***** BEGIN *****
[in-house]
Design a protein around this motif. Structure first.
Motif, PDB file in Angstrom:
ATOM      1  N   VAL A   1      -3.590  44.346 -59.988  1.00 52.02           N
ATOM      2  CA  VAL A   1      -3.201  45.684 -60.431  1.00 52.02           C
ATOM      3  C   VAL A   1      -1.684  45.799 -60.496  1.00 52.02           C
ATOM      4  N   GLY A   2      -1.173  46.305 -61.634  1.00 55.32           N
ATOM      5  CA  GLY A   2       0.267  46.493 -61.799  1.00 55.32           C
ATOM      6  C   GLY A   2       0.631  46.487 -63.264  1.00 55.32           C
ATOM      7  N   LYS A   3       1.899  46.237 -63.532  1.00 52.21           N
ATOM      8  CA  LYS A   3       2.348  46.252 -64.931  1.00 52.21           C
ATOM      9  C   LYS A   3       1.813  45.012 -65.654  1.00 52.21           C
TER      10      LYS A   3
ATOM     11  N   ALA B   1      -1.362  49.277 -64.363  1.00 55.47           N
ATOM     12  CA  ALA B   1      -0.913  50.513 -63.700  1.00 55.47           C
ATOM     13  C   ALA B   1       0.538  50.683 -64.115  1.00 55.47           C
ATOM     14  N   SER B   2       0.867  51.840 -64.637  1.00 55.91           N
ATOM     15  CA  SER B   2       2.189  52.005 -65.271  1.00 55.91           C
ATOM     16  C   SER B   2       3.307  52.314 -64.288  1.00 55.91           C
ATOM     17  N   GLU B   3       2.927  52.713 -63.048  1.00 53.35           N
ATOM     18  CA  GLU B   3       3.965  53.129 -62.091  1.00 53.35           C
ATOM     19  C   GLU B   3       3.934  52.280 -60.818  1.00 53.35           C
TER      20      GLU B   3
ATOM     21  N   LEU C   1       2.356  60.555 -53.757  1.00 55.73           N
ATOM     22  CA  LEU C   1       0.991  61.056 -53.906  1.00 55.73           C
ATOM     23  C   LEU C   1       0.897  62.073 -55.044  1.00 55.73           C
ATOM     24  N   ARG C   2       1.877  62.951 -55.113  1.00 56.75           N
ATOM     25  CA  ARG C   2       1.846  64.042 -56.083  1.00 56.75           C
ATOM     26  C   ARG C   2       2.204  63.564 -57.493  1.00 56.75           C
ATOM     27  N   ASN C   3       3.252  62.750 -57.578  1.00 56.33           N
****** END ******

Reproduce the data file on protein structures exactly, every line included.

[in-house]
Design a protein around this motif. Structure first.
Motif, PDB file in Angstrom:
ATOM      1  N   VAL A   1      -3.590  44.346 -59.988  1.00 52.02           N
ATOM      2  CA  VAL A   1      -3.201  45.684 -60.431  1.00 52.02           C
ATOM      3  C   VAL A   1      -1.684  45.799 -60.496  1.00 52.02           C
ATOM      4  N   GLY A   2      -1.173  46.305 -61.634  1.00 55.32           N
ATOM      5  CA  GLY A   2       0.267  46.493 -61.799  1.00 55.32           C
ATOM      6  C   GLY A   2       0.631  46.487 -63.264  1.00 55.32           C
ATOM      7  N   LYS A   3       1.899  46.237 -63.532  1.00 52.21           N
ATOM      8  CA  LYS A   3       2.348  46.252 -64.931  1.00 52.21           C
ATOM      9  C   LYS A   3       1.813  45.012 -65.654  1.00 52.21           C
TER      10      LYS A   3
ATOM     11  N   ALA B   1      -1.362  49.277 -64.363  1.00 55.47           N
ATOM     12  CA  ALA B   1      -0.913  50.513 -63.700  1.00 55.47           C
ATOM     13  C   ALA B   1       0.538  50.683 -64.115  1.00 55.47           C
ATOM     14  N   SER B   2       0.867  51.840 -64.637  1.00 55.91           N
ATOM     15  CA  SER B   2       2.189  52.005 -65.271  1.00 55.91           C
ATOM     16  C   SER B   2       3.307  52.314 -64.288  1.00 55.91           C
ATOM     17  N   GLU B   3       2.927  52.713 -63.048  1.00 53.35           N
ATOM     18  CA  GLU B   3       3.965  53.129 -62.091  1.00 53.35           C
ATOM     19  C   GLU B   3       3.934  52.280 -60.818  1.00 53.35           C
TER      20      GLU B   3
ATOM     21  N   LEU C   1       2.356  60.555 -53.757  1.00 55.73           N
ATOM     22  CA  LEU C   1       0.991  61.056 -53.906  1.00 55.73           C
ATOM     23  C   LEU C   1       0.897  62.073 -55.044  1.00 55.73           C
ATOM     24  N   ARG C   2       1.877  62.951 -55.113  1.00 56.75           N
ATOM     25  CA  ARG C   2       1.846  64.042 -56.083  1.00 56.75           C
ATOM     26  C   ARG C   2       2.204  63.564 -57.493  1.00 56.75           C
ATOM     27  N   ASN C   3       3.252  62.750 -57.578  1.00 56.33           N